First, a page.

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Old 03-13-2012, 10:56 AM   #1
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Default 1056 yeast at 57F

I started a pale ale last week and the temps in my basement dipped way down and it was a 57F for the start of the fermentation (3 days). There was air lock activity but it never really took off.

I moved it over to the furnace room on day 4 and it went up to 65F and went crazy. So...any ideas if there will be a ton of off flavors from too cold of a ferment?

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Old 03-13-2012, 01:02 PM   #2
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shouldn't be. the yeast will just go dormant when it gets too cold. you did the right thing and woke them up by warming them to get them fermenting

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Old 03-13-2012, 02:13 PM   #3
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Off flavors from yeast are only at temps ABOVE their optimum range. At lower temps, the yeast actually ferment more slowly, but cleaner. Then, of course, each yeast strain has a low-end temp where they simply go dormant and don't ferment at all.

The 1056 yeast strain has an optimum temp of 60F-72F. Fermentation temps are typically 3-6 degrees WARMER than ambient temps, so if the ambient temp was 57, you were right on the low end of the optimum range.

Since you were getting airlock activity at 57, it was a good fermentation temp! It isn't particularly desirable to have the fermentation "take off," that slow, steady fermentation you had at 57 might have taken a few extra days, but it would have been a nice clean fermentation. The risk, of course, is being a bit TOO low and the yeast going dormant and not fermenting at all.

So, then at 65F, you were closer to the TOP of the optimum range, which is why things sped up. Heat is a catalyst to fermentation, but again, a cooler fermentation is cleaner than a warmer fermentation.

In the future, if you can hit +/- 1-2 degrees from the low number of the yeast's optimum temp (listed on the packaging or manu's website), you'll always have a steady, clean fermentation.

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Old 03-13-2012, 02:16 PM   #4
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If your beer temp was 65F, that's near perfect for 1056... if ambient was 65F, that's a tad too warm as beer temps are typically warmer than ambient. Either way, 1056 is pretty forgiving, you should be fine!

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Old 03-13-2012, 03:05 PM   #5
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I ferment most typical ale yeasts at 62F with a -3 degree diffential on my temp controller, so my temps are always 59-62F ambient temp.

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Old 03-13-2012, 03:32 PM   #6
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Quote:
Originally Posted by TopherM View Post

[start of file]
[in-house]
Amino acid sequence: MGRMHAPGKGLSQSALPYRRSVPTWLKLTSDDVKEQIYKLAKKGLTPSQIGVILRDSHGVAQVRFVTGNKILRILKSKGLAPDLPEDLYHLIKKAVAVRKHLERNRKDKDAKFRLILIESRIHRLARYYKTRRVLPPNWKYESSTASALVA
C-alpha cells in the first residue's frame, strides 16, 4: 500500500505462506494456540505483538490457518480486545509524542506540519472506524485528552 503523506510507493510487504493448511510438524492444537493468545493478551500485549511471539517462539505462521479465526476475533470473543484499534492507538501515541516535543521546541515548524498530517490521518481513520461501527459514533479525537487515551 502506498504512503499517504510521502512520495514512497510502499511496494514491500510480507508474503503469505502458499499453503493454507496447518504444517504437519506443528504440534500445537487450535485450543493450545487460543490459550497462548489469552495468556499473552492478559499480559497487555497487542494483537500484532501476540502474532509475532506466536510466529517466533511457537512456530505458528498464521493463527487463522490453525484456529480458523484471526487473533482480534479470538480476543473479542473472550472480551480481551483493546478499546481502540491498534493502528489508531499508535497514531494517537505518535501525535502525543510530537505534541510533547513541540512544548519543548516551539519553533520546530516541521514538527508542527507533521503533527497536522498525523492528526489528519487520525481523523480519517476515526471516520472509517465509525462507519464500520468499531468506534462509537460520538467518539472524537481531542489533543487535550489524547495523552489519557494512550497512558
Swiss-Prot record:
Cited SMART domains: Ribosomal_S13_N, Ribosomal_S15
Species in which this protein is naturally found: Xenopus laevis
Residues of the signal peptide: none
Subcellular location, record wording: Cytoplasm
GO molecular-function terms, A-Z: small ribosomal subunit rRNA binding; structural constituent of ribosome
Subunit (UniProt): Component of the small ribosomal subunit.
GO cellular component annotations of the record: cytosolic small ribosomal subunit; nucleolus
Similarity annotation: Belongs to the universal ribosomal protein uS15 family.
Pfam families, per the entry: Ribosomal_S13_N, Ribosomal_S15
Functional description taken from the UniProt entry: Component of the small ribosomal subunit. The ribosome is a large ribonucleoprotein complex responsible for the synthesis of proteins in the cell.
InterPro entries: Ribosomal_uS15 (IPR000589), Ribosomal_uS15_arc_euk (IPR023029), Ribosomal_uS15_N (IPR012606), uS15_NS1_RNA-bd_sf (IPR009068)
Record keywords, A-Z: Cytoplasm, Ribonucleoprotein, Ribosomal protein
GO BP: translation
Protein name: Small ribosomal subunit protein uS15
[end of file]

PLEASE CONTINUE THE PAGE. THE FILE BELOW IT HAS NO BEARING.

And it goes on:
Off flavors from yeast are only at temps ABOVE their optimum range. At lower temps, the yeast actually ferment more slowly, but cleaner.
I think this is true in general, but there is the occasional exception. Many brewers report S-23 to be less fruity at 60 than 50. I think I also read recently that 1056 is cleaner in the mid-60s than just under 60. I just did a batch of APA with 1056 around 57 degrees, but I haven't tasted it yet.
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Old 03-13-2012, 04:06 PM   #7
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Definitely true that there are some style exceptions.

The others I can think of is Hefeweizen yeast is supposed to give off banana flavors at the low end of it's temp and clove flavors at the high end.

AND

Steam beer/California Common yeast is supposed to give off slight sulfery off flavors throughout its ideal range.

All of these particular off flavors are desireable parts of their particular styles.

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Old 03-13-2012, 04:10 PM   #8
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Quote:
Originally Posted by osagedr View Post
I think this is true in general, but there is the occasional exception. Many brewers report S-23 to be less fruity at 60 than 50. I think I also read recently that 1056 is cleaner in the mid-60s than just under 60. I just did a batch of APA with 1056 around 57 degrees, but I haven't tasted it yet.
Scottish Ale from yeast at 48 gave an almost sweet tart like fruitiness
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Old 03-13-2012, 10:08 PM   #9
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Scottish Ale from yeast at 48 gave an almost sweet tart like fruitiness
I love the Scottish ale just below the temperature range (53 F). Gives a really nice character. I am a little surprised it worked well down to 48 F. I always get concerned about attenuation. What was your apparent attenuation at 48 F? At 53 F, mine was around 69.8 %.
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Old 03-13-2012, 11:20 PM   #10
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Ok thanks guys. I was worried about stressing the yeast by making them work at an unfavorable temp but perhaps I will end up with a pretty clean pale ale.

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